BRASILIA • Deforestation in Brazil's Amazon rainforest surged to a 12-year high this year, official government data showed on Monday, with destruction soaring since President Jair Bolsonaro took office and amid weakened environmental enforcement.
This year, destruction of the world's largest rainforest rose 9.5 per cent from a year earlier to 11,088 sq km - seven times the size of London - according to data from Brazil's national space research agency Inpe.
That means Brazil will miss its own target, established under a 2009 climate change law, for reducing deforestation to roughly 3,900 sq km.
The consequences for missing the target are not laid out in the law, but could leave the government open to lawsuits.
The official annual measure, known as PRODES, is taken by comparing satellite images from the end of July this year with those from the beginning of August last year. These dates are chosen to coincide with the Amazon's dry season, when there is less cloud cover to interfere with calculations.
The Amazon is the world's largest rainforest and its protection is crucial to stopping catastrophic climate change because of the vast amount of carbon dioxide it absorbs. The latest annual destruction is a substantial increase from the 7,536 sq km that were deforested in 2018, the year before Mr Bolsonaro took office.
While environmentalists blamed the government for the rise, federal officials hailed the figures as a sign of progress in fighting deforestation, as the increase was far lower than the 34 per cent increase recorded last year.
"While we are not here to celebrate this, it does signify that the efforts we are making are beginning to bear fruit," Vice-President Hamilton Mourao told reporters at Inpe headquarters in the Sao Paulo satellite city of Sao Jose dos Campos.
Mr Bolsonaro has weakened the environmental enforcement agency Ibama and called for introducing more commercial farming and mining in the Amazon region, arguing it will lift the region out of poverty.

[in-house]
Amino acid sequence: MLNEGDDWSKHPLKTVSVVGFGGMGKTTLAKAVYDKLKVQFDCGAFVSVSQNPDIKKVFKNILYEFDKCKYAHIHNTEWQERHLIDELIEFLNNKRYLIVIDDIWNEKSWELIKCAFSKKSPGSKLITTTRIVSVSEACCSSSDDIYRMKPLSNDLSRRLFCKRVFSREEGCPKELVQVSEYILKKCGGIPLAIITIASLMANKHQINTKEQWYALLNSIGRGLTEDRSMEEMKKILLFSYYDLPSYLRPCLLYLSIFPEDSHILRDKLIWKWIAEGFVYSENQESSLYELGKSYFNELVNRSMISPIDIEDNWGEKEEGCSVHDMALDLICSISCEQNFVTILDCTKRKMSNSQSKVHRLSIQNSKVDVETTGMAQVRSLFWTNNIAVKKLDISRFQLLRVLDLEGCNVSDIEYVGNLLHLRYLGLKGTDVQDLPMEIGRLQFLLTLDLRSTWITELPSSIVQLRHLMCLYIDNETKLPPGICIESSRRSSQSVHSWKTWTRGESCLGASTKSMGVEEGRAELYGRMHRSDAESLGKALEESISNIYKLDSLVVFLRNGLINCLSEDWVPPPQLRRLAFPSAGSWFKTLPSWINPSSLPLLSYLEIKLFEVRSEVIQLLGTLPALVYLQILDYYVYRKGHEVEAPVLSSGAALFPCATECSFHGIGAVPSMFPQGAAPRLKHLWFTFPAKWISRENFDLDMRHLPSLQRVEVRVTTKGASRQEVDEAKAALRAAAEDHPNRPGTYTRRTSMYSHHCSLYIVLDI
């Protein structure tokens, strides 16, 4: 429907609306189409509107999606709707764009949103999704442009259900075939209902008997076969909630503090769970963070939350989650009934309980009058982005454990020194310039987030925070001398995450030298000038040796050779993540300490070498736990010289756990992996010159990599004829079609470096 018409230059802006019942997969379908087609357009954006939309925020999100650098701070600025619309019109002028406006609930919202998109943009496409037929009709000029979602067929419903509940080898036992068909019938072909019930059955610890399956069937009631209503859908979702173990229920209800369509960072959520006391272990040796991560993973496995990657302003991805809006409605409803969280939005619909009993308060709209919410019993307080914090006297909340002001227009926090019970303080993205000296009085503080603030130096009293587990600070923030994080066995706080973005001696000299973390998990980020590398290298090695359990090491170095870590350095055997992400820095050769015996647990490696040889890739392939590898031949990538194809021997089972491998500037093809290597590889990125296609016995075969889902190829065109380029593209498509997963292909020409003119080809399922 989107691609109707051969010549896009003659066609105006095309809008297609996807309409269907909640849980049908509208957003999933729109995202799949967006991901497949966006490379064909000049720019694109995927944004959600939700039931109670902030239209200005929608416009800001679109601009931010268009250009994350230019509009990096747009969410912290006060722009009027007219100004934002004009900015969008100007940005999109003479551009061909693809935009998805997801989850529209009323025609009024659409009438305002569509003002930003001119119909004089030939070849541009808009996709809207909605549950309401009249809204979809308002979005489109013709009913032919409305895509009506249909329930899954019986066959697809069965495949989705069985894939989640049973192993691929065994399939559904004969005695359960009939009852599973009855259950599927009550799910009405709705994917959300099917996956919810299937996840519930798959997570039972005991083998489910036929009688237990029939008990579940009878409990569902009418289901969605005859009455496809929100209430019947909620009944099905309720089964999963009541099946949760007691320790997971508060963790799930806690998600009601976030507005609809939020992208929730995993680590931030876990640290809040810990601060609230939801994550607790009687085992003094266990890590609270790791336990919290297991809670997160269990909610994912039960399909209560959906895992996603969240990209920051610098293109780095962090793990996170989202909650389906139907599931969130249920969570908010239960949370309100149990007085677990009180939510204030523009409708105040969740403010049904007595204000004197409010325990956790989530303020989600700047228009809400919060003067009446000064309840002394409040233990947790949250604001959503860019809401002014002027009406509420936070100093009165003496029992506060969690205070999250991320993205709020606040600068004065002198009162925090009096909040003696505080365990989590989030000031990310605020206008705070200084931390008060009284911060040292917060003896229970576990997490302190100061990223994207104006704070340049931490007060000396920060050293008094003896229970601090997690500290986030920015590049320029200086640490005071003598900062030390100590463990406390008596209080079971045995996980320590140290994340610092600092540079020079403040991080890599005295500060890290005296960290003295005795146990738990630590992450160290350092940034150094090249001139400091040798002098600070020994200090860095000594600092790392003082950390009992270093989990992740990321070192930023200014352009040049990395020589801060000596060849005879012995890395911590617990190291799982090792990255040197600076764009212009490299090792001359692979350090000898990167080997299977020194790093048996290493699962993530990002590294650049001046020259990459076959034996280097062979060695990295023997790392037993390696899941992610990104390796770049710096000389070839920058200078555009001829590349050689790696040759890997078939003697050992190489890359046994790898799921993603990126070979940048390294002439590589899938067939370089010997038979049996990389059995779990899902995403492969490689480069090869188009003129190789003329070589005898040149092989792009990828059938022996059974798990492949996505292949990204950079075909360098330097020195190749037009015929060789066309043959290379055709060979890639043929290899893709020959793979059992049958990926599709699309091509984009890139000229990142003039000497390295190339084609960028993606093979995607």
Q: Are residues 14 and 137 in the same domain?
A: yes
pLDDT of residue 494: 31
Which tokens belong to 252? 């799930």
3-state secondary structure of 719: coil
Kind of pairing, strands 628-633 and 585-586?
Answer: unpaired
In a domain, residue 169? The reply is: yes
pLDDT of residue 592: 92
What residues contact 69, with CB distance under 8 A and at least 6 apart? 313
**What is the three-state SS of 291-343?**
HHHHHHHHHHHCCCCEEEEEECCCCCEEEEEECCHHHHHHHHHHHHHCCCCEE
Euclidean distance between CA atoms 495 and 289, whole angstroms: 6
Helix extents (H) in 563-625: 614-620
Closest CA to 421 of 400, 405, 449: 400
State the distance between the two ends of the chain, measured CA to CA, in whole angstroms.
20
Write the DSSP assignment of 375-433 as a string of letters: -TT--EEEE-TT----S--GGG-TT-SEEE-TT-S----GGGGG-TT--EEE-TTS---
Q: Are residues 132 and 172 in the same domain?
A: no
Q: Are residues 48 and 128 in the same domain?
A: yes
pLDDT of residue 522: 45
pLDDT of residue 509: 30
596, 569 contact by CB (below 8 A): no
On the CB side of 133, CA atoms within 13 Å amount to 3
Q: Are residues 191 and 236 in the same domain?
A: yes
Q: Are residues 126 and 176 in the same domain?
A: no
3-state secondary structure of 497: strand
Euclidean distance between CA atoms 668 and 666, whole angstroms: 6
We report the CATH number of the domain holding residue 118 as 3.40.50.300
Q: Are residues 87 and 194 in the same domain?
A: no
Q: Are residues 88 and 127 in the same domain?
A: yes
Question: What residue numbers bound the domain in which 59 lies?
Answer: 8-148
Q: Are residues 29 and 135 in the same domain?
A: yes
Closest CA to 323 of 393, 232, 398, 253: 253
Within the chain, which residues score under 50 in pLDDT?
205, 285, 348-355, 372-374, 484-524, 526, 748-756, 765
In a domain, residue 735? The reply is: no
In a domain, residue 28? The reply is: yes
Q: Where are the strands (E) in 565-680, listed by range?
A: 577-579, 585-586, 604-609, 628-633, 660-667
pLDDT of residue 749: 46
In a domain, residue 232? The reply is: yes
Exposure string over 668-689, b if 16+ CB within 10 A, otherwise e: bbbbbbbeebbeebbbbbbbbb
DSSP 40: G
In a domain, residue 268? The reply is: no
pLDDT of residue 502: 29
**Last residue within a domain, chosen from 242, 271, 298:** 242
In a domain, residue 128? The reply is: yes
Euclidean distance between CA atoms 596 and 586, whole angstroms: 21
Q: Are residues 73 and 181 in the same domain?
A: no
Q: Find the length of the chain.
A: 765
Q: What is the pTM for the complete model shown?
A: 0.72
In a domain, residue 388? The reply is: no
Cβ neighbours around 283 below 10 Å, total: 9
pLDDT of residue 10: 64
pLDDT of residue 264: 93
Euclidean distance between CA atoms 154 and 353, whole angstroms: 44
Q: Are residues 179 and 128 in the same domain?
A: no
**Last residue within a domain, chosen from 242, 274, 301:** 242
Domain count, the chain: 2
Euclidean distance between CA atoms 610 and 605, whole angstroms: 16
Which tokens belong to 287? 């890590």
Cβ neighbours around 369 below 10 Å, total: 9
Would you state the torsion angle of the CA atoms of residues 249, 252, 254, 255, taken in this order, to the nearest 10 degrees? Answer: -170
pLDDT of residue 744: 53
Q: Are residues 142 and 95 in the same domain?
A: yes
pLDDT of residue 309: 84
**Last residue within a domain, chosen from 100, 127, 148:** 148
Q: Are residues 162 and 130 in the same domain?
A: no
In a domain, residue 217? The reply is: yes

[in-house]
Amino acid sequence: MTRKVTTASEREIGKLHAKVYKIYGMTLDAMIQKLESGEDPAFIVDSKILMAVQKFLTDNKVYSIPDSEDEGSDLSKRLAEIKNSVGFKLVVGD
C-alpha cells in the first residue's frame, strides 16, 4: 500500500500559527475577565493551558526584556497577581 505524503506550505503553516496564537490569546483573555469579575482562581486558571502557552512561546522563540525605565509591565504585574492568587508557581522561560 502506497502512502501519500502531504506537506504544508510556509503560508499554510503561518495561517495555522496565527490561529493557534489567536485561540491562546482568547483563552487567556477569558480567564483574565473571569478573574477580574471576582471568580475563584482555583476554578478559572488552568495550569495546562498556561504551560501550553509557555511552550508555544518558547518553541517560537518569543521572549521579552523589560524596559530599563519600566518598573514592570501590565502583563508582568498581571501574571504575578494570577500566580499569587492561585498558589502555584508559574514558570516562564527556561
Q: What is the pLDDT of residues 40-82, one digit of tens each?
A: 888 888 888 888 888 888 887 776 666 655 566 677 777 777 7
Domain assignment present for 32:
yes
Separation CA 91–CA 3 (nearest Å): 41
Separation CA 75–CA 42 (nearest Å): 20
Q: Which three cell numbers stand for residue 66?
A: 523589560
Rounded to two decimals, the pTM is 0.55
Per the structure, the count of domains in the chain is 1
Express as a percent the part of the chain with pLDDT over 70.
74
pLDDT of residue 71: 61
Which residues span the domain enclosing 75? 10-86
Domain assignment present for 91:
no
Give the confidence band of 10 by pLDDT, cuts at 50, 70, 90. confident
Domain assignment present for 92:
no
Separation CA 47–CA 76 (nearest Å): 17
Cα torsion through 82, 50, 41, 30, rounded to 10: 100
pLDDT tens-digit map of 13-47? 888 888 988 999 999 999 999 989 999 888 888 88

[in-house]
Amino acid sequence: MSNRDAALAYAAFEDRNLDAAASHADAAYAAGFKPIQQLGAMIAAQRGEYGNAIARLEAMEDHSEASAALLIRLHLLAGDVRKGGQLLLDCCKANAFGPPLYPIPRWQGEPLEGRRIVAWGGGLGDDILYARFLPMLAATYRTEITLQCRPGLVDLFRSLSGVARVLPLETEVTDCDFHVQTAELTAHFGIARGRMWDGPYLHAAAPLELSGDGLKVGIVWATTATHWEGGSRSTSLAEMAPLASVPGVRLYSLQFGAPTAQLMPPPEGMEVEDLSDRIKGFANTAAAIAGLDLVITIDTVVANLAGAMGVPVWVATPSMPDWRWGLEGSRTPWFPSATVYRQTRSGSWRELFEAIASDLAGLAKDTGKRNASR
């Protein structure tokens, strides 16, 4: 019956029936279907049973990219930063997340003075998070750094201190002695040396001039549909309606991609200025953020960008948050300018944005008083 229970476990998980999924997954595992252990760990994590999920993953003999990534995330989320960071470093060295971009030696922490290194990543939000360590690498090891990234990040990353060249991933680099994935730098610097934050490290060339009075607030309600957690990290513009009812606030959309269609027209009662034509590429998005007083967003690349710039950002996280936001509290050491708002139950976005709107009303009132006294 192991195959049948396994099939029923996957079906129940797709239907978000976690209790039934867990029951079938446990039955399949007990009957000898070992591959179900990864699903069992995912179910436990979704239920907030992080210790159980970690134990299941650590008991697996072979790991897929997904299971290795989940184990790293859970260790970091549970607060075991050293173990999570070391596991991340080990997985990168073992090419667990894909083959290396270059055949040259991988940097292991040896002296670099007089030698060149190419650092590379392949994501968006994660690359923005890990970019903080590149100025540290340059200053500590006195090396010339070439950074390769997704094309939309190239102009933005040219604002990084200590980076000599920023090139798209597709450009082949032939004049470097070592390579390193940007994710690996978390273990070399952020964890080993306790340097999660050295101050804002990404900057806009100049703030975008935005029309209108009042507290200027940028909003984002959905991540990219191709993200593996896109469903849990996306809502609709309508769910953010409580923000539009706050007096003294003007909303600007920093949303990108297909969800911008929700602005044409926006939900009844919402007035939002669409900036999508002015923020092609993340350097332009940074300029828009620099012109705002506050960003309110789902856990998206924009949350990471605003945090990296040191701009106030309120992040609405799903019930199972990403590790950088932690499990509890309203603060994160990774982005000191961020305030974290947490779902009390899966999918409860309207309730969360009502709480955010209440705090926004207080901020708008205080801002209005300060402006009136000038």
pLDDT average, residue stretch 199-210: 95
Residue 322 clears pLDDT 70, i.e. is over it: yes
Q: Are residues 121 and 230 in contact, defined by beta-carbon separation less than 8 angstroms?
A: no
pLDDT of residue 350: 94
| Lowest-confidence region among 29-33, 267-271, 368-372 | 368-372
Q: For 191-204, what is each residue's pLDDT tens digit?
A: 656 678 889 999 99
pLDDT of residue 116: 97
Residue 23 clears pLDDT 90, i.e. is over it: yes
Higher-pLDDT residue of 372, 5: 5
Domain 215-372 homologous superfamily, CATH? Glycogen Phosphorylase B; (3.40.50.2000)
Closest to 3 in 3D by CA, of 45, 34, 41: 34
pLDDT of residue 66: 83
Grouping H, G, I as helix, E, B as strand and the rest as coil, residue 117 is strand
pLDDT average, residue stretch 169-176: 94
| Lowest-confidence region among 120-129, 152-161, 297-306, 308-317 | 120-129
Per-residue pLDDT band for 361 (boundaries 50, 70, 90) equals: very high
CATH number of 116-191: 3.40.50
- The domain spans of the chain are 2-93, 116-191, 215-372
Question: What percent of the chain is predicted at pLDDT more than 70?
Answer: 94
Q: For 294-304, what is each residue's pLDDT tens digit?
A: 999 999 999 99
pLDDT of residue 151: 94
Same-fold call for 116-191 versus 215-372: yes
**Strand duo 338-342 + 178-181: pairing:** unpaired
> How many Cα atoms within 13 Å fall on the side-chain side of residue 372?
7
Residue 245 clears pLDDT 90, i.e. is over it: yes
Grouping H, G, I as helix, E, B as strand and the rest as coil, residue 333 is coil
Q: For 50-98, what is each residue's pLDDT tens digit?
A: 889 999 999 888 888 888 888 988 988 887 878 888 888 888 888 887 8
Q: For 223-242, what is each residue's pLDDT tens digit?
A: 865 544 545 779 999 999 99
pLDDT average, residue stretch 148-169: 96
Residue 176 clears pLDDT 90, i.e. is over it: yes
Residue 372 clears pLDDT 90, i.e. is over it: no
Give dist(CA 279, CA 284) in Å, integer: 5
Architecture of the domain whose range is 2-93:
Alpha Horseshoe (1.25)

Environmental advocates say this has emboldened illegal ranchers, miners and land grabbers to clear the forest.
The President's main policy response to global outcry over Amazon destruction has been to send in the military, who were first deployed last year and are expected to remain in the region fighting deforestation and forest fires through next April.
Mr Mourao said the government is planning further measures to combat deforestation after the military operation ends in April, without giving details. He said the government must work within its currently tight budget constraints.
The election of Mr Joe Biden as United States president has raised the possibility that the US will ramp up pressure on Brazil over the rainforest. Mr Biden had said in a debate that the world should offer Brazil money to fund efforts to stop deforestation, and threatened economic consequences against Brazil if it did not.
In the western US, the yearly land area burned by severe wildfires has grown eight times larger in less than four decades, researchers said on Monday, warning that higher temperatures and drier conditions are threatening irreparable forest loss.
Some 84,900ha burned in 2017, up from 10,520ha in 1985, in high severity fires that killed more than 95 per cent of trees in their path, according to a study by the US Forest Service Rocky Mountain Research Station, a government organisation.
The study's authors suggested that land managers promote the use of controlled burns in western US forests.